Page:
For the publishers who brought the suit – Oxford, Cambridge and Sage – there are some bitter disappointments.  Judge Evans explicitly rejects the Guidelines for Classroom Copying as the standard to be applied.  She also found the two major cases on which plaintiffs relied, American Geophysical Union v. Texaco and Princeton University Press v. Michigan Document Services, to be inappropriate analogies for the situation before her.

One holding that is certain to generate much discussion is Judge Evans’ rejection of the so-called “subsequent semester” rule, which had evolved from the Classroom Copying guidelines and led many institutions to assert that a liberal interpretation of fair use was permissible once but that permission had to be sought for subsequent uses of the same text.  Judge Evans found this restrictive approach to be “an impractical, unnecessary limitation” (p. 71).

Perhaps most distressing for publishers is the Judge’s statement that permission fees are “not a significant percentage of Plaintiff’s overall revenues” and that their loss through the assertion of fair use does not threaten the publishers’ business.  She calls this latter argument “glib” (p. 84).

In spite of all this, there are significant aspects of this ruling that will prove very difficult for libraries as well.  Two aspects seem especially likely to stir up consternation.

First, the Judge applies a strict standard for the amount of a work that is permissible under fair use in this situation.  The percentage she selects is 10%, or a single chapter.  In putting this percentage into practice, she bases the calculation on the total page count of a book (this was an issue at trial, with publishers arguing that only the actual text of the work should be counted), and rejects any distinction for books that are edited, in which each chapter has a different author (p. 88).  This is a less flexible standard than many libraries would like, I think, and it seems too rigid to be a good fit with the overall structure of fair use.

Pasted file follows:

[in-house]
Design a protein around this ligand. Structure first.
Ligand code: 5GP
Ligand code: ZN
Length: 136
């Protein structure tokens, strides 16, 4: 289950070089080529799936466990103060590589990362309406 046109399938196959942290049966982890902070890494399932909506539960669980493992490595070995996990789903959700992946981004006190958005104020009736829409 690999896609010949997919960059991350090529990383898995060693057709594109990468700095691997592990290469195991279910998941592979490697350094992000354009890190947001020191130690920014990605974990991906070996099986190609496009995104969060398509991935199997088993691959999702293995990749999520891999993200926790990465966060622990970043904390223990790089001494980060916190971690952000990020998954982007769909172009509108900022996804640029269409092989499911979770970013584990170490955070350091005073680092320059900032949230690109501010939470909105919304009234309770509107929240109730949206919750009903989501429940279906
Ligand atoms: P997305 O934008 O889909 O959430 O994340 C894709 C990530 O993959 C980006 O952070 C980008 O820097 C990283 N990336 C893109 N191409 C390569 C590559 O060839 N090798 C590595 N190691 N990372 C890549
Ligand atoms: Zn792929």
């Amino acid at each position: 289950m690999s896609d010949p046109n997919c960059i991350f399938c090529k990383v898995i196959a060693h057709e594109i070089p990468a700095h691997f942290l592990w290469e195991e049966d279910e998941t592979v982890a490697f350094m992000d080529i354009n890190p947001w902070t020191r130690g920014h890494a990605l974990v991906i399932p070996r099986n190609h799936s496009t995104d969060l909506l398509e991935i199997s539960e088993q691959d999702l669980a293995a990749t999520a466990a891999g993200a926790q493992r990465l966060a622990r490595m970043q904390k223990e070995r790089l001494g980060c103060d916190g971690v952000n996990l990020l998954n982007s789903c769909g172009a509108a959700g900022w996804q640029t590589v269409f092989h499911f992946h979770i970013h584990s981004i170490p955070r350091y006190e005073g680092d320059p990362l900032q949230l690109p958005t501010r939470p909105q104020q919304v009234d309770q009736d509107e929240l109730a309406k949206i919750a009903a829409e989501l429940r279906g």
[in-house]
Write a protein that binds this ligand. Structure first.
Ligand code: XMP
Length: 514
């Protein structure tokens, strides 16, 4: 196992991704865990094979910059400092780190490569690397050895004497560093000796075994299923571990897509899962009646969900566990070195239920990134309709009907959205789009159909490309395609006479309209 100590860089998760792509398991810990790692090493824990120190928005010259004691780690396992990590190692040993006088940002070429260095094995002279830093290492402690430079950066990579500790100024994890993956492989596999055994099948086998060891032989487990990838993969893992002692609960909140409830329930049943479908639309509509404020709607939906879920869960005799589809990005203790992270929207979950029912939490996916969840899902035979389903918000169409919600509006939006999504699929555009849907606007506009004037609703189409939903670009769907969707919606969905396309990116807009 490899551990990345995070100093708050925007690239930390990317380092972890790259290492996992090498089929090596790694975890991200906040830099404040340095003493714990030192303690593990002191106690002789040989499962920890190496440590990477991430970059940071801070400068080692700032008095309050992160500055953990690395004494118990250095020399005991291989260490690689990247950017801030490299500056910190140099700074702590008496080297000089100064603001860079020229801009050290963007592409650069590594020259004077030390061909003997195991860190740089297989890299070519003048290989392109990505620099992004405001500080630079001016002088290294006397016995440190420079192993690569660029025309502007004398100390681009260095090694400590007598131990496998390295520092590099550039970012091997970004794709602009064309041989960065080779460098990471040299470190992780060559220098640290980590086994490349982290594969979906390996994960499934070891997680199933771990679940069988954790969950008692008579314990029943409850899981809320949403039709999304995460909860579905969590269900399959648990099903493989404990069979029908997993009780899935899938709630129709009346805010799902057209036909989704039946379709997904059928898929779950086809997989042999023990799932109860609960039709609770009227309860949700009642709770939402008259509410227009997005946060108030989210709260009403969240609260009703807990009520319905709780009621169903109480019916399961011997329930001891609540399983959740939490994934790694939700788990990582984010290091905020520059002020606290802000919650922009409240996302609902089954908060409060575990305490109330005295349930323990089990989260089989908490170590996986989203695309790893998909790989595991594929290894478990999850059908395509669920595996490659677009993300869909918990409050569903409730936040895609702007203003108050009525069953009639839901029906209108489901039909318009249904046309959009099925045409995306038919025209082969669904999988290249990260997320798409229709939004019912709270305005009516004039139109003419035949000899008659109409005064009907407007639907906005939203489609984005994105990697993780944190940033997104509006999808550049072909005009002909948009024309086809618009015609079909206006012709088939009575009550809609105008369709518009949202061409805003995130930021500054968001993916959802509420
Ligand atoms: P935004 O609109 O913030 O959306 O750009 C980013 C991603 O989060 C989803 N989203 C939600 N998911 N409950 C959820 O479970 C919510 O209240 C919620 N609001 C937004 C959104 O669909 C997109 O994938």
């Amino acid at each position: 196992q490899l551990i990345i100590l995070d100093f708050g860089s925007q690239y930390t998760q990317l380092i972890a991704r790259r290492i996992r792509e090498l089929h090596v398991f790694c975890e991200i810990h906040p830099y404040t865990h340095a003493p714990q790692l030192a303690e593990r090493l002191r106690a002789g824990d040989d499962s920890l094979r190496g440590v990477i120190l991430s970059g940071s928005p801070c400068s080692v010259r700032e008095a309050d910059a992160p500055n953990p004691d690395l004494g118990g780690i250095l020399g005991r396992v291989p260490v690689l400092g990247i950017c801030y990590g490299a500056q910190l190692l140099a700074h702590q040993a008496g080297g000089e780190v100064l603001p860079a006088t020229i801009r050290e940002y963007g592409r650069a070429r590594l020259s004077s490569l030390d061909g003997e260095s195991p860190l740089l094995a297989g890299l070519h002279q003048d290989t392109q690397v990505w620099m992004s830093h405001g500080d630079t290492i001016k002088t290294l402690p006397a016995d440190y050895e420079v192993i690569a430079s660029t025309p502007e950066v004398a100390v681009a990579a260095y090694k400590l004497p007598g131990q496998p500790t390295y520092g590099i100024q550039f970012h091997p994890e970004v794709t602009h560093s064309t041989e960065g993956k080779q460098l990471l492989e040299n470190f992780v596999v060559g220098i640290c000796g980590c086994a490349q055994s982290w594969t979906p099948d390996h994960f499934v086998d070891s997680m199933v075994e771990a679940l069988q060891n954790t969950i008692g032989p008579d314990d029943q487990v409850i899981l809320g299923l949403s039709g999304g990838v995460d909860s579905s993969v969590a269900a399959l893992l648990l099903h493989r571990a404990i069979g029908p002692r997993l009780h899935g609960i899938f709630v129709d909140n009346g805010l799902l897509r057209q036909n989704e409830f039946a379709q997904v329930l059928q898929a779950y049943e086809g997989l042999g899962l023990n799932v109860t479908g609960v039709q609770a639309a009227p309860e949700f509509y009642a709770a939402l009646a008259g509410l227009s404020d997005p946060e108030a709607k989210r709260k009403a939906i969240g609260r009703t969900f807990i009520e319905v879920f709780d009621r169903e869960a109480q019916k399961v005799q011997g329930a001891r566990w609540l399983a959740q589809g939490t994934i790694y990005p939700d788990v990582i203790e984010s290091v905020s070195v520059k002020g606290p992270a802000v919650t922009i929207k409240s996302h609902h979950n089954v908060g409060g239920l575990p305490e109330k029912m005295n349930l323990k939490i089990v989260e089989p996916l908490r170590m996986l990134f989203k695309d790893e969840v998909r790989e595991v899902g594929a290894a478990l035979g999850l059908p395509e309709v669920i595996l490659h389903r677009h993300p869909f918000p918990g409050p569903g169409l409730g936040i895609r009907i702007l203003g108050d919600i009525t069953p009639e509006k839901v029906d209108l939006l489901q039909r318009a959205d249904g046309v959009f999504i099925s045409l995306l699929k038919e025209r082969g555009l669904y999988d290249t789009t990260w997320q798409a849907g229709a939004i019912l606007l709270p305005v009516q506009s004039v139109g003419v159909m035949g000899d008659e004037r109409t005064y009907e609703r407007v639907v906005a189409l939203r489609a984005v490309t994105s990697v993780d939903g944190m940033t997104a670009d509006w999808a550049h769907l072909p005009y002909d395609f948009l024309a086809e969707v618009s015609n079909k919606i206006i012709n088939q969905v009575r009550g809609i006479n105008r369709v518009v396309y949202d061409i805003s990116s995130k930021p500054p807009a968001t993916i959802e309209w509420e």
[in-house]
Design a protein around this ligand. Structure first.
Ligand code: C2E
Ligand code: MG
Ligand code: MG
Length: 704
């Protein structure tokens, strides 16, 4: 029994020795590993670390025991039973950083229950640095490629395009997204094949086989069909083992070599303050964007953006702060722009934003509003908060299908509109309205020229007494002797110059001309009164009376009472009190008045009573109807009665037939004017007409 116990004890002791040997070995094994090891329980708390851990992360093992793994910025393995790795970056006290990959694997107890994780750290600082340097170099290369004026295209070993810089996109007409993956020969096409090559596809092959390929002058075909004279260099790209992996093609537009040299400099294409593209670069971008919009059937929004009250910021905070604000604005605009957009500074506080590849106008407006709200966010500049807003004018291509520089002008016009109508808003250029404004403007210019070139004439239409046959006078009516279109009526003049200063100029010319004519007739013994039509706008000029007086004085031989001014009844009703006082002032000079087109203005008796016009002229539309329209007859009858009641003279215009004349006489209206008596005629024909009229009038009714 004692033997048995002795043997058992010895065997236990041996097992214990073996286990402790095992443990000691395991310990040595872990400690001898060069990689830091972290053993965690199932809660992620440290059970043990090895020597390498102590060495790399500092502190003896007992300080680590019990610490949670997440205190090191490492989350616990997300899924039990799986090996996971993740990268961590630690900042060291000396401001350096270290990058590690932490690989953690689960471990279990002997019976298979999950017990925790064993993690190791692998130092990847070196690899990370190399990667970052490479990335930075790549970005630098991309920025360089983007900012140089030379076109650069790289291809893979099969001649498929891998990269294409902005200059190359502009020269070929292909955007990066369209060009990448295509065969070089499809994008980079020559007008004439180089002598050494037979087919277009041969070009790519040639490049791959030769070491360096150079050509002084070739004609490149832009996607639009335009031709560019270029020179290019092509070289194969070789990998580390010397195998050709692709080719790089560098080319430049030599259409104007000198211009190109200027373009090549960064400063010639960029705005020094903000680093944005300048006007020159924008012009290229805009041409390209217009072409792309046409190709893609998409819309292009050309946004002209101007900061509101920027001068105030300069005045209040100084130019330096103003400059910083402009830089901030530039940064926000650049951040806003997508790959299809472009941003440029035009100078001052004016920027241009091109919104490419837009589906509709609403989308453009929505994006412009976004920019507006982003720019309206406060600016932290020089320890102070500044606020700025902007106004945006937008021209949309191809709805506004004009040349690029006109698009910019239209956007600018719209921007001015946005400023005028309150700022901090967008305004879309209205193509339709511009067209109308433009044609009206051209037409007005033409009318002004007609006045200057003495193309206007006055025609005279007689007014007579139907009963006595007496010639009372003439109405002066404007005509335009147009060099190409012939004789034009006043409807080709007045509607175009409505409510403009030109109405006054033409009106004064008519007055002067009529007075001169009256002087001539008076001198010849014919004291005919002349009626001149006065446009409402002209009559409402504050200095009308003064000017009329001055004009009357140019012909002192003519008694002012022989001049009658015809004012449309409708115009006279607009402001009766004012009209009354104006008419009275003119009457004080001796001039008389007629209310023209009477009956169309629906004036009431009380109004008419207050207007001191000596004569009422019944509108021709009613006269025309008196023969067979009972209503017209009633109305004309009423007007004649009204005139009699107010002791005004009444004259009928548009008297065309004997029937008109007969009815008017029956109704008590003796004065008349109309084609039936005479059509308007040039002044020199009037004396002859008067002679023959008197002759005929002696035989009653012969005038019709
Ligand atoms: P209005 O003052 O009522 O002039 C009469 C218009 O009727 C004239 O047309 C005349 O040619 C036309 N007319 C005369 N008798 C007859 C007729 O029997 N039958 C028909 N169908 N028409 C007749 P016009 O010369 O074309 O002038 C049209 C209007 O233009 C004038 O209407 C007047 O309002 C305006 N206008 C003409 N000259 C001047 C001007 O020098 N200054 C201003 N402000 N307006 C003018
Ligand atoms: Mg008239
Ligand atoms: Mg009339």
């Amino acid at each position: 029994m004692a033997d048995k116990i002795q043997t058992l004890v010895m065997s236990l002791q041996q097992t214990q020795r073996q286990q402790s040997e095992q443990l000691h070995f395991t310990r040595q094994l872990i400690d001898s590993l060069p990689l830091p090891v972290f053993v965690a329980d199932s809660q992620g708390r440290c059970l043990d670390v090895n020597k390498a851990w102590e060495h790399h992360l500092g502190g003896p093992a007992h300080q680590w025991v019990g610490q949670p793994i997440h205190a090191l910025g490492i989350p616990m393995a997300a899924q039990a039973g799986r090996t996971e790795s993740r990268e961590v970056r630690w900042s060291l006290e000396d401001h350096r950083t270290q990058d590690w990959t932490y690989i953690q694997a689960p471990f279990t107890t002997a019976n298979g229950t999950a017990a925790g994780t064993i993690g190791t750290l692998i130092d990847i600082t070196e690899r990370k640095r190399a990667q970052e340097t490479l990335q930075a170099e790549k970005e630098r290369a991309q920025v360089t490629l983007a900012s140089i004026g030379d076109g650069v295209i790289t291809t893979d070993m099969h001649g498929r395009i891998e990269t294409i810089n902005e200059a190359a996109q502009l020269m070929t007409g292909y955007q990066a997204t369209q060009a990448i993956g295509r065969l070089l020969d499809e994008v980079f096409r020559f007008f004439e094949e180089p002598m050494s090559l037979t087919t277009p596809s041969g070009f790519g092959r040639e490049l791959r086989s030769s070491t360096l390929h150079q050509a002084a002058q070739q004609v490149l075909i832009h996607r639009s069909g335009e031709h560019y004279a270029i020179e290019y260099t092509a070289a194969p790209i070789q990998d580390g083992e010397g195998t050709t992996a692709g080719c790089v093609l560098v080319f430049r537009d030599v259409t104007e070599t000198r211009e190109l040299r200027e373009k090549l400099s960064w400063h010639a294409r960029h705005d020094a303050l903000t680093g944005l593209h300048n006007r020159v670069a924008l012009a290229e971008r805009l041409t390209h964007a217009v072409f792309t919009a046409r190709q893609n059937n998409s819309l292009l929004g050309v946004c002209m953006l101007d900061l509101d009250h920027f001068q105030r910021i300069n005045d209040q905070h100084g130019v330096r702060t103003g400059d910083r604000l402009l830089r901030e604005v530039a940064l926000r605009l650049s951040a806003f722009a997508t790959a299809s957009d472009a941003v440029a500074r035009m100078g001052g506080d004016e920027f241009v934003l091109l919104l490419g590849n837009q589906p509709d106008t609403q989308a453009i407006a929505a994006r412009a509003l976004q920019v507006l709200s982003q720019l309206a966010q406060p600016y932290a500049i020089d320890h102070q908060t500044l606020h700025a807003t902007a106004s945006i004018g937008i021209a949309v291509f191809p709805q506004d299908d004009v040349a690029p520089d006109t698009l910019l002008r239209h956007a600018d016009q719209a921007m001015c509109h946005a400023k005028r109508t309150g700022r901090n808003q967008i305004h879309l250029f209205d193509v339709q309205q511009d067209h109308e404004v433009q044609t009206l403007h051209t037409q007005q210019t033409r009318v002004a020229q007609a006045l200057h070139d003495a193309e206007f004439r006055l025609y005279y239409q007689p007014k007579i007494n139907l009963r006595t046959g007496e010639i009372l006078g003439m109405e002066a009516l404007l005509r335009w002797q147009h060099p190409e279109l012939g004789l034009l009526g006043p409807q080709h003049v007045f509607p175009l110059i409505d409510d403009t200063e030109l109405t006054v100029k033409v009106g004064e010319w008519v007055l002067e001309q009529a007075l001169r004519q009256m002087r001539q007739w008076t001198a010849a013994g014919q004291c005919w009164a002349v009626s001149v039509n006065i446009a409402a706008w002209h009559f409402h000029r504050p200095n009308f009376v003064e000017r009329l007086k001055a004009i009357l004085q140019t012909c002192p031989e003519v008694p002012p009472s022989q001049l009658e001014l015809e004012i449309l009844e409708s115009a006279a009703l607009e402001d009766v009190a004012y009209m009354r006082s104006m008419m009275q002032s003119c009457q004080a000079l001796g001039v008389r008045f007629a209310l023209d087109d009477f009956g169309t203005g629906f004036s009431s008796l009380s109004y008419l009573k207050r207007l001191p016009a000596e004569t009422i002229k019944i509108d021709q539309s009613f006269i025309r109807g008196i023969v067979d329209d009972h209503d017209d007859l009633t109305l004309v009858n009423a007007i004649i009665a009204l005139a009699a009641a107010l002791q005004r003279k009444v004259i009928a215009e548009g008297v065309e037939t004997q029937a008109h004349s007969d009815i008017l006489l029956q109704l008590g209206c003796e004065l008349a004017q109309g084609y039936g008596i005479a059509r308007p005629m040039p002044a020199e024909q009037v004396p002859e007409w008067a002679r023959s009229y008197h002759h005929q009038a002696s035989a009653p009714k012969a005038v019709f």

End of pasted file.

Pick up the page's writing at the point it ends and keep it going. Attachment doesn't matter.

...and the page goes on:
Second, the Judge bases many of her analyses of the fourth fair use factor on the percentage of the overall revenue that publishers realize for a particular title that comes from permission fees.  She criticizes the GSU policy for not providing sufficient guidance for making a determination about this kind of market impact, but immediately acknowledges that the standard she is applying “would likely be futile for prospective determinations (in advance of litigation)” (p. 337).  This is simply an unhelpful approach, since libraries and faculty members must make such prospective determinations without knowing all the information that publishers provided, under court order, to the judge.  Recognizing this, Judge Evans says that “the only practical way to deal with factor four in advance likely is to assume that it strongly favors the plaintiff-publisher (if licensed digital excerpts are available) (p. 338).

Hard as it may be to be told to make this assumption, even though the judge has found it not to be the case in most of the instances before her, we should pay attention to her qualification of it.  The permissions we should look for are those available for digital excerpts.  In another place she asserts that she will consider the permissions market in the fourth factor analysis only when a license is “readily available” at a “reasonable” price for a “convenient” format (p. 89). She explains that the license must, to qualify as convenient, allow digital excerpts.  This standard is actually hard for some publishers to meet in their current licensing postures.  No infringements of Cambridge works were found, for example, probably in part because Cambridge allows only very limited licensing through the CCC.  If publishers do not license in a way that facilitates reasonable educational use in the digital environment, the fourth factor will, she seems to be saying, cease to favor them.